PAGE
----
“We only cater for cast and crew. In a way, they are my VIPs. When you’re traveling with the show, you don’t have a house where you have a pantry with stuff to cook for yourself. You don’t have your favorite restaurant, your favorite café. And so, we have to provide a lot of that.”

He then added:

“This is our family home, so a part of that also includes wanting to feel like you’re at home. Wanting your mom’s Bolognese, or lasagna, or pizza, Nutella, or whatever it is. There’s somethings that sometimes seem not very significant, but it’s really significant for people. So, we try to provide them as much of that as possible. Because, people have a lot to worry about. They have a show that they can put all their effort in. They shouldn’t have to worry about, ‘Where’s my next meal coming from?’”

As Layug touched on, touring with Cirque du Soleil means spending a lot of time away from your “home.” Thankfully for these couples, they have someone that they can spend that time with.

“It was a lot of adjustment, because living in San Francisco, I only traveled for maybe two weeks at a time,” Lerias explained, “Since you’re going to be gone and staying in every city for two months, you have to pack accordingly. You’re basically living off the suitcase.”

“Luckily, we’re the same size,” he later joked with Layug sitting beside him. “So it doubles the size of our wardrobe.”

As for Francisco Nava Gomez and Joseph Swearingen, they’re thankful to have a confidant and companion through it all.

“There are some times we do get stressed. One thing that helps is having him around,” said Gomez. “You have someone to vent to, if there is something stressful going on. Someone that you can get feedback from. Yes, it’s biased, but also helps you clarify things that are happening.”

The couple also have someone that they can walk around the world with and enjoy the many cities in which they visit.

“One of the great things about this job too is we do have Monday’s off, but also sometimes we don’t start until fairly late in the day during the week,” Swearingen explained. “So, we have a good amount of the morning to explore as well. So even during the week, we can spend a nice morning just walking around here and to the trails. Things like that. We’re planning on camping and hiking some of the local trails.”

Between the found family embedded in the touring circus and the love shared between each couple, it seems that Cirque du Soleil’s company is living out the message shared in Volta. Coming full circle, the circus life and that message has then inspired the couples.

“I actually came out on tour,” shared Gomez. “I was in another show, I realized, ‘Ok, I know who I am. I’m hiding it from everyone, but you know what? I see everyone around here. Everybody is free. Nobody cares if you’re gay, bi, or straight, or anything. Black, white. We’re a family and everybody cares about you.”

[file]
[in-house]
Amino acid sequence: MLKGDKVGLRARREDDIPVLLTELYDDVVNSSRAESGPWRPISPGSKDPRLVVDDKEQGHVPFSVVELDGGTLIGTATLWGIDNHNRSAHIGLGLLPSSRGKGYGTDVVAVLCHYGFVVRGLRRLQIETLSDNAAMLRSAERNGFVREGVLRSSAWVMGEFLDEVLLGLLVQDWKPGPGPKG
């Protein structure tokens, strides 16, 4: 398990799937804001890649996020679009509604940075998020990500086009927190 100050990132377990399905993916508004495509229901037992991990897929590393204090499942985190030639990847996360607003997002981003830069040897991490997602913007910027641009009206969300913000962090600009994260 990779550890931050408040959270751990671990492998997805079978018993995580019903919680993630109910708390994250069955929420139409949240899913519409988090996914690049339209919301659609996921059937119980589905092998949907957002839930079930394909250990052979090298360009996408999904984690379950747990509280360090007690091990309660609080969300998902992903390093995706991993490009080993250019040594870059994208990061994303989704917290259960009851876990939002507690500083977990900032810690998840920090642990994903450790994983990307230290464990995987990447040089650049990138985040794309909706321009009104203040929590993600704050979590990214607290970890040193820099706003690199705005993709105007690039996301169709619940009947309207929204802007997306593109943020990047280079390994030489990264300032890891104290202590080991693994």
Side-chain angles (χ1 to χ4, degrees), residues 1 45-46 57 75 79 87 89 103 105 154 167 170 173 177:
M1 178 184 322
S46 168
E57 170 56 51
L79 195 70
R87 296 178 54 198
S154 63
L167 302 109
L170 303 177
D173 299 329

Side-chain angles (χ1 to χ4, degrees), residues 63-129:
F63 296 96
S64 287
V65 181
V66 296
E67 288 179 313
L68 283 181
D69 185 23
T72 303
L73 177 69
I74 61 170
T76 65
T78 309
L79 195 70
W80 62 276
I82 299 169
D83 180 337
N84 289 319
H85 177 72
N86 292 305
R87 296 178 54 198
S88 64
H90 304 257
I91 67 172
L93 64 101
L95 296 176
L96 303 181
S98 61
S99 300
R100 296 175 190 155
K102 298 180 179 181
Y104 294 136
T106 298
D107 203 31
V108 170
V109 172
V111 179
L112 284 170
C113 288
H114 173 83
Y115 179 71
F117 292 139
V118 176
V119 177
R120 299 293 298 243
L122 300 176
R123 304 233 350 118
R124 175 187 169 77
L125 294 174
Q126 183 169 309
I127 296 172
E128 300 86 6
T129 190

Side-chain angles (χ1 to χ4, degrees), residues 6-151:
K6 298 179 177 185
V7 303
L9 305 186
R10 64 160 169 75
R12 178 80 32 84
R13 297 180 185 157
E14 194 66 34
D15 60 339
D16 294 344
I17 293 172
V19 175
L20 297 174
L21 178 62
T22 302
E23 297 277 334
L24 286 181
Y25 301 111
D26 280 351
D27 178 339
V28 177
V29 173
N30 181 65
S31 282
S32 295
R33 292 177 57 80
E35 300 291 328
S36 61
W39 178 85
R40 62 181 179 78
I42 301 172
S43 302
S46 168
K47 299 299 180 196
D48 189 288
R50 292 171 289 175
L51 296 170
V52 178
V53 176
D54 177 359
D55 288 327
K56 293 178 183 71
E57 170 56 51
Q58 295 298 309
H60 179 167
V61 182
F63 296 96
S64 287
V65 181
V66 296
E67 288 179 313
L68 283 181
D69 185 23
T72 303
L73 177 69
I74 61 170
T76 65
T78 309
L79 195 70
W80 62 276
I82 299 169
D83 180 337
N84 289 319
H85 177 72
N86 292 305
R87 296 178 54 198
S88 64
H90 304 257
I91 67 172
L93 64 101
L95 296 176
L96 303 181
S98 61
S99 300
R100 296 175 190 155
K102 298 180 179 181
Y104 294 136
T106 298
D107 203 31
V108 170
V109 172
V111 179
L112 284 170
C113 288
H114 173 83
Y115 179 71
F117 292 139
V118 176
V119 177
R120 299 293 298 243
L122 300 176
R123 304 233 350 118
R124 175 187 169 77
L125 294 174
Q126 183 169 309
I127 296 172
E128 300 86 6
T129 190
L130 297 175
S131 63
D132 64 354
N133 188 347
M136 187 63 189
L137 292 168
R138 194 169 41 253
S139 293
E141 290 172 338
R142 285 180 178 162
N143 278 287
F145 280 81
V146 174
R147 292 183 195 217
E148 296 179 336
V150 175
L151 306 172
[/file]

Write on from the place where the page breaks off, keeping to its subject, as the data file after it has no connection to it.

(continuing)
As for Layug and Lerias, they too were inspired by the circus and how it has reflected on their earlier lives.

“The journey that the show takes is a little bit relatable to me,” Layug said. “I was born in the Philippines and I grew up until my mid-teens in there. And it’s still a very conservative mentality about homosexuality. I used to hide it. I used to be ashamed of it. And then I moved to Australia… I had to go through a very similar journey of, ‘What does it mean to just accept yourself? No matter what color you have? What sexuality you have? Where you come from? What status in life you have?’ So, for me at least, that’s how I relate to the show.”

Edonn Lerias added that his San Francisco life was a stark contrast to the childhood of his husband. He even remembered how he bought his first gay magazine, Instinct Magazine, when he was a teenager.

“What he thought of the culture of the Philippines and how he grew up in Australia, I took those all for granted,” Lerias remarked, “I never thought about it until I met him. That other people do live like that. Where they have to suppress certain things.”

With that in mind, it’s important to celebrate self-acceptance and the freedom to be you. Each one of these men expressed to me that everyone has the right to be free and to live their best and truest lives.

If you need a little reminder to do so, and if you want to see a fantastic show, check out Cirque du Soleil’s Volta whenever it comes to a city near you.

But most importantly, make sure to live out your lives as freely as Volta, Francisco Nava Gomez, Joseph Swearingen, Ariel Layug, and Edonn Lerias are urging you to do.

“There’s a lot of message, from our show, that lets people know that even in some rural part of the United States where you’re feeling like you don’t belong,” expressed Lerias, “Its ok for you to find your free.”

Watch The First Episode In New Web Series "West40s" About Gays Aging in NYC

Nowadays, there are several movies, tv shows, and web series that follow gay and bisexual men in their teens, 20s, and 30s. But, there are very few that follow men in their 40s or older.

Thankfully, we now have one more.

Last week, we shared with you the trailer for a new web series titled West40s. Now, Instinct Magazine is happy to share with you the two creators of the series and the very first episode.

The series created by Mark Sam Rosenthal and Brian Sloan follows a group of friends (played by Dalton Blaine, Dan Domingues, Jeff Hiller, Matthew Montelongo, John-Andrew Morrison, and Rosenthal himself) as they adjust to their lives now that they’re in their 40s.

The series synopsis goes:

“In their 30s, they’d meet strangers on the Hell’s Kitchen sidewalk and have sex in less time than it took to climb the four flights up to their apartments. But now past 40 they’re all wondering what they want for the long haul – and questioning whether they can still make it up those stairs!”